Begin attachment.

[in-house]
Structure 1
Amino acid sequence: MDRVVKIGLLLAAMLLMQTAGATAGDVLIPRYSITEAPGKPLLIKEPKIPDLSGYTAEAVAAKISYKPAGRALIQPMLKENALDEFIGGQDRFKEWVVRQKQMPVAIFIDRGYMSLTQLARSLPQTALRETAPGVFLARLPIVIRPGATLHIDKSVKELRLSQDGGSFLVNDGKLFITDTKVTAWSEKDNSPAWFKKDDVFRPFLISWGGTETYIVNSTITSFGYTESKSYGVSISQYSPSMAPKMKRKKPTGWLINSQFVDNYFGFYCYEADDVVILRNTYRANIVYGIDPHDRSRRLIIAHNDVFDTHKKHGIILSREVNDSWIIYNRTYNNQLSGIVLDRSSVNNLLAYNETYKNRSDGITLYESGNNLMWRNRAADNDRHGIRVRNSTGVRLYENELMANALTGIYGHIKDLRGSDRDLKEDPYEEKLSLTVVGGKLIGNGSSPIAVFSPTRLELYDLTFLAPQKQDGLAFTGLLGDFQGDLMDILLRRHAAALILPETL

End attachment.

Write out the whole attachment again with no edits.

[in-house]
Structure 1
Amino acid sequence: MDRVVKIGLLLAAMLLMQTAGATAGDVLIPRYSITEAPGKPLLIKEPKIPDLSGYTAEAVAAKISYKPAGRALIQPMLKENALDEFIGGQDRFKEWVVRQKQMPVAIFIDRGYMSLTQLARSLPQTALRETAPGVFLARLPIVIRPGATLHIDKSVKELRLSQDGGSFLVNDGKLFITDTKVTAWSEKDNSPAWFKKDDVFRPFLISWGGTETYIVNSTITSFGYTESKSYGVSISQYSPSMAPKMKRKKPTGWLINSQFVDNYFGFYCYEADDVVILRNTYRANIVYGIDPHDRSRRLIIAHNDVFDTHKKHGIILSREVNDSWIIYNRTYNNQLSGIVLDRSSVNNLLAYNETYKNRSDGITLYESGNNLMWRNRAADNDRHGIRVRNSTGVRLYENELMANALTGIYGHIKDLRGSDRDLKEDPYEEKLSLTVVGGKLIGNGSSPIAVFSPTRLELYDLTFLAPQKQDGLAFTGLLGDFQGDLMDILLRRHAAALILPETL